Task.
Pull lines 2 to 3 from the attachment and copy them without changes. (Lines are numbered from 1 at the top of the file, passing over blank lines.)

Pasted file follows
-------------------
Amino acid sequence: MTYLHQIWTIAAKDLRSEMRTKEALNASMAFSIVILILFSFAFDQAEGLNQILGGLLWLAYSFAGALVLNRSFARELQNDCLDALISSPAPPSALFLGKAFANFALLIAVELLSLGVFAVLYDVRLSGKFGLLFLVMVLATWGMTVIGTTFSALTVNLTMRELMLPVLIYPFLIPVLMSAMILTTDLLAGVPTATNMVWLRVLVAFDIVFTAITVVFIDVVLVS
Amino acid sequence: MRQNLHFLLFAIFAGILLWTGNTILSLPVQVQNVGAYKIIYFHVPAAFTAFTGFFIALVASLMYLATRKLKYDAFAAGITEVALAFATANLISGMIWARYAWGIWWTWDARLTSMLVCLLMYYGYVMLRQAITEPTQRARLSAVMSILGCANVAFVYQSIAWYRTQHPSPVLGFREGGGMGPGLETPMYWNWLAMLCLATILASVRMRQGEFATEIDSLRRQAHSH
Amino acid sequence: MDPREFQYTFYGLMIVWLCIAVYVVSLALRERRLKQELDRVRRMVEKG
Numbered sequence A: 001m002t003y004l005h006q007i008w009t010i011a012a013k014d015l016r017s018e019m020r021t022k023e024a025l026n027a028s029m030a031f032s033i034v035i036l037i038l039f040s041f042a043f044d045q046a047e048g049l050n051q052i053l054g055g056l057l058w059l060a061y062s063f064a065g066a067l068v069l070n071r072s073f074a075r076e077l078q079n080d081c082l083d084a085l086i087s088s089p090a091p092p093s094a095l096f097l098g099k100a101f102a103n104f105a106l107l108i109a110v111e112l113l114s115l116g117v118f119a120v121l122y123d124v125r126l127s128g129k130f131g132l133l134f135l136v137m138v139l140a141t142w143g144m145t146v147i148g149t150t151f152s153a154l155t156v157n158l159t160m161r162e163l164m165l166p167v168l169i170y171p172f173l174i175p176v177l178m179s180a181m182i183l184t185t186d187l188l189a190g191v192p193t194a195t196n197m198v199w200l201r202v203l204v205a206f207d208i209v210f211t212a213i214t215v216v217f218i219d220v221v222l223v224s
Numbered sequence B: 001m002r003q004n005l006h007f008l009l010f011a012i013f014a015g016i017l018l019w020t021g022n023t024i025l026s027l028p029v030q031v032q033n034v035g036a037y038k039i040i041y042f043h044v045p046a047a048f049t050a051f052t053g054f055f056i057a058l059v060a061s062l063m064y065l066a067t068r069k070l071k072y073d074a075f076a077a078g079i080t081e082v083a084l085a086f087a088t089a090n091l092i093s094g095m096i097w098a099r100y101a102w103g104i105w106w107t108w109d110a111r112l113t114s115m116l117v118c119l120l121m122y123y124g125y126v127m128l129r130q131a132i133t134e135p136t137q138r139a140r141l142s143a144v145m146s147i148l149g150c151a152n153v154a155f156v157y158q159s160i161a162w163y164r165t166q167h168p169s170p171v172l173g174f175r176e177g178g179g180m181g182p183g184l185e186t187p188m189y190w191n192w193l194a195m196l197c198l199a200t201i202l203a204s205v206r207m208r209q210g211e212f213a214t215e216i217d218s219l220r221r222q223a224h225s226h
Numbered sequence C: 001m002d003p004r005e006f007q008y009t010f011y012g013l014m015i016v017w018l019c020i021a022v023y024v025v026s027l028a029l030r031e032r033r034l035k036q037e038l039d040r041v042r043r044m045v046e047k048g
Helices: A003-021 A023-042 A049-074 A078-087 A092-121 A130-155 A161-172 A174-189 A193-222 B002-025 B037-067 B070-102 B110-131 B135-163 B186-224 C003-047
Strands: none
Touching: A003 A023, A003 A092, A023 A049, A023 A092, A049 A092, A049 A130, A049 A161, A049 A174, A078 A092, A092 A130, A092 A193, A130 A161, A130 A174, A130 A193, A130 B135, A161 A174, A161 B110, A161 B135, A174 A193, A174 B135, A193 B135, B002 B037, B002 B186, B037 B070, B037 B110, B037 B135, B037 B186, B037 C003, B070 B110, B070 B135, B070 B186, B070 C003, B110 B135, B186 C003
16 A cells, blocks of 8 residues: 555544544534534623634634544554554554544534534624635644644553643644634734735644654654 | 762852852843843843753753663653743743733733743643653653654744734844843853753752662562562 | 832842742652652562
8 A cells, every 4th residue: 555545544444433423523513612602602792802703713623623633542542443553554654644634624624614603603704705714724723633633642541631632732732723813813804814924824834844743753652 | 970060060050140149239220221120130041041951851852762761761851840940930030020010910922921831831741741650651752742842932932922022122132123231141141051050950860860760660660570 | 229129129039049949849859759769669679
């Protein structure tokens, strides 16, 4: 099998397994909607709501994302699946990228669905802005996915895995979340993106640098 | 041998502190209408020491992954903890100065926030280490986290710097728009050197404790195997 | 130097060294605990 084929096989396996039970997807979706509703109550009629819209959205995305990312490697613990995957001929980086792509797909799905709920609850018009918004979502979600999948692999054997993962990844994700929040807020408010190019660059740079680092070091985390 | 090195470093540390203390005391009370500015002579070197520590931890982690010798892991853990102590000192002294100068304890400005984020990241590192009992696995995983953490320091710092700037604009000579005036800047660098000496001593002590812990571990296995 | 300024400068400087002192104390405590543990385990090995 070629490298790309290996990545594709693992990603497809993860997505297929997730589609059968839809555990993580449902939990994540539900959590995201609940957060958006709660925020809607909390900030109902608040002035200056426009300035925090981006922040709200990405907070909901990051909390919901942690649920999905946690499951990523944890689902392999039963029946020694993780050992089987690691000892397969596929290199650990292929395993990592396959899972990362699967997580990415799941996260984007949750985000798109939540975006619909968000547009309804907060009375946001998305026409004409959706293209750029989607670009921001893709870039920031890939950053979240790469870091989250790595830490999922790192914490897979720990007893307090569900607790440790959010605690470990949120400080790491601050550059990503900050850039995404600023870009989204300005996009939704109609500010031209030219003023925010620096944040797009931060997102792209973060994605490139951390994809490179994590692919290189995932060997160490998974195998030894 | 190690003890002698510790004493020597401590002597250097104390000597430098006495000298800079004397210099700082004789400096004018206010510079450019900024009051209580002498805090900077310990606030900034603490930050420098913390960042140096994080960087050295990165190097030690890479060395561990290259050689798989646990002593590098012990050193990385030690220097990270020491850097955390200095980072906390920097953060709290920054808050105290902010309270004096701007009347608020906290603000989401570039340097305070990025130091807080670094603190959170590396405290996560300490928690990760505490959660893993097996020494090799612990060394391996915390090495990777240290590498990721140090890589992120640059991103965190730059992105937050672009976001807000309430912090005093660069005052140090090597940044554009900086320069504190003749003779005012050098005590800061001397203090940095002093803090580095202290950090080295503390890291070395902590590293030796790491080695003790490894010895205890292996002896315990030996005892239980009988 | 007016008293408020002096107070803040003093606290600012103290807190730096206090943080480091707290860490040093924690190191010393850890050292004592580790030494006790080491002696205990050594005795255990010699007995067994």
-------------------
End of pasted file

Amino acid sequence: MRQNLHFLLFAIFAGILLWTGNTILSLPVQVQNVGAYKIIYFHVPAAFTAFTGFFIALVASLMYLATRKLKYDAFAAGITEVALAFATANLISGMIWARYAWGIWWTWDARLTSMLVCLLMYYGYVMLRQAITEPTQRARLSAVMSILGCANVAFVYQSIAWYRTQHPSPVLGFREGGGMGPGLETPMYWNWLAMLCLATILASVRMRQGEFATEIDSLRRQAHSH
Amino acid sequence: MDPREFQYTFYGLMIVWLCIAVYVVSLALRERRLKQELDRVRRMVEKG